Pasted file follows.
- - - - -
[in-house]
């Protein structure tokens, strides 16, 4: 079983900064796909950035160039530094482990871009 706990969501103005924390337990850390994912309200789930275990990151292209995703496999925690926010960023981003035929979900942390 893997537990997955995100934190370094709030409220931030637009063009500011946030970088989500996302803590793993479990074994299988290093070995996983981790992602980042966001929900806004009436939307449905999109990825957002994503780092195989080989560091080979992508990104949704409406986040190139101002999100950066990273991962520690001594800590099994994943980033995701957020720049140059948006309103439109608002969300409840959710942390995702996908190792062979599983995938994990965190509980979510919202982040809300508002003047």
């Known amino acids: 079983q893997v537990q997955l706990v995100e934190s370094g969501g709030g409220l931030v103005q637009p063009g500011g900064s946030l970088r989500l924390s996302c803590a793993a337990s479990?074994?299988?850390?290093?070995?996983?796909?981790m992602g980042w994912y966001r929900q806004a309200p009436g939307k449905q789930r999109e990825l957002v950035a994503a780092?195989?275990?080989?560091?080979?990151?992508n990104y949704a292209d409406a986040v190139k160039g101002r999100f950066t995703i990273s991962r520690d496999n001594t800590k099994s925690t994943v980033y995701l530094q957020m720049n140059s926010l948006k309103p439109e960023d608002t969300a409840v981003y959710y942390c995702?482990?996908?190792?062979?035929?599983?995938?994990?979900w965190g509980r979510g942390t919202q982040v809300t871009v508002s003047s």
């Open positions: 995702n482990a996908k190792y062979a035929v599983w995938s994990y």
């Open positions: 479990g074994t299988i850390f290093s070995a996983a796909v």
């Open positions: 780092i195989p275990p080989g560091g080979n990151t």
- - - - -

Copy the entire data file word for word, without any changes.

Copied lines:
[in-house]
């Protein structure tokens, strides 16, 4: 079983900064796909950035160039530094482990871009 706990969501103005924390337990850390994912309200789930275990990151292209995703496999925690926010960023981003035929979900942390 893997537990997955995100934190370094709030409220931030637009063009500011946030970088989500996302803590793993479990074994299988290093070995996983981790992602980042966001929900806004009436939307449905999109990825957002994503780092195989080989560091080979992508990104949704409406986040190139101002999100950066990273991962520690001594800590099994994943980033995701957020720049140059948006309103439109608002969300409840959710942390995702996908190792062979599983995938994990965190509980979510919202982040809300508002003047």
């Known amino acids: 079983q893997v537990q997955l706990v995100e934190s370094g969501g709030g409220l931030v103005q637009p063009g500011g900064s946030l970088r989500l924390s996302c803590a793993a337990s479990?074994?299988?850390?290093?070995?996983?796909?981790m992602g980042w994912y966001r929900q806004a309200p009436g939307k449905q789930r999109e990825l957002v950035a994503a780092?195989?275990?080989?560091?080979?990151?992508n990104y949704a292209d409406a986040v190139k160039g101002r999100f950066t995703i990273s991962r520690d496999n001594t800590k099994s925690t994943v980033y995701l530094q957020m720049n140059s926010l948006k309103p439109e960023d608002t969300a409840v981003y959710y942390c995702?482990?996908?190792?062979?035929?599983?995938?994990?979900w965190g509980r979510g942390t919202q982040v809300t871009v508002s003047s």
């Open positions: 995702n482990a996908k190792y062979a035929v599983w995938s994990y």
């Open positions: 479990g074994t299988i850390f290093s070995a996983a796909v």
């Open positions: 780092i195989p275990p080989g560091g080979n990151t």